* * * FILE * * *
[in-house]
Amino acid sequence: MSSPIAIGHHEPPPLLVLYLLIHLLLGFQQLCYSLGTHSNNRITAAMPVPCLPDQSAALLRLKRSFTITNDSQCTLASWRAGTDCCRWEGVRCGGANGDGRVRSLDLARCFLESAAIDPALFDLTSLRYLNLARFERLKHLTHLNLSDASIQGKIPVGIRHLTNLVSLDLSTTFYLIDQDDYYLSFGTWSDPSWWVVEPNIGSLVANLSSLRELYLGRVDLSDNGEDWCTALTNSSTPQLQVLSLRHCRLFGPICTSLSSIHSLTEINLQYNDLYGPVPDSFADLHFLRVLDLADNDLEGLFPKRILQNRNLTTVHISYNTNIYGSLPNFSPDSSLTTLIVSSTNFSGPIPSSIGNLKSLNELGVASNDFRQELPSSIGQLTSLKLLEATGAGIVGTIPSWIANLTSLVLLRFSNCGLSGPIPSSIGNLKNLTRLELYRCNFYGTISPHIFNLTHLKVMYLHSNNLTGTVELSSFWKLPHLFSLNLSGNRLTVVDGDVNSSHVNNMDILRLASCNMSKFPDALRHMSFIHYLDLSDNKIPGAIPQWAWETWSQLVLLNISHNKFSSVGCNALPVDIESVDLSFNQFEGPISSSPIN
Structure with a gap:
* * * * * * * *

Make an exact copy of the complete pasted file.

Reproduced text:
[in-house]
Amino acid sequence: MSSPIAIGHHEPPPLLVLYLLIHLLLGFQQLCYSLGTHSNNRITAAMPVPCLPDQSAALLRLKRSFTITNDSQCTLASWRAGTDCCRWEGVRCGGANGDGRVRSLDLARCFLESAAIDPALFDLTSLRYLNLARFERLKHLTHLNLSDASIQGKIPVGIRHLTNLVSLDLSTTFYLIDQDDYYLSFGTWSDPSWWVVEPNIGSLVANLSSLRELYLGRVDLSDNGEDWCTALTNSSTPQLQVLSLRHCRLFGPICTSLSSIHSLTEINLQYNDLYGPVPDSFADLHFLRVLDLADNDLEGLFPKRILQNRNLTTVHISYNTNIYGSLPNFSPDSSLTTLIVSSTNFSGPIPSSIGNLKSLNELGVASNDFRQELPSSIGQLTSLKLLEATGAGIVGTIPSWIANLTSLVLLRFSNCGLSGPIPSSIGNLKNLTRLELYRCNFYGTISPHIFNLTHLKVMYLHSNNLTGTVELSSFWKLPHLFSLNLSGNRLTVVDGDVNSSHVNNMDILRLASCNMSKFPDALRHMSFIHYLDLSDNKIPGAIPQWAWETWSQLVLLNISHNKFSSVGCNALPVDIESVDLSFNQFEGPISSSPIN
Structure with a gap: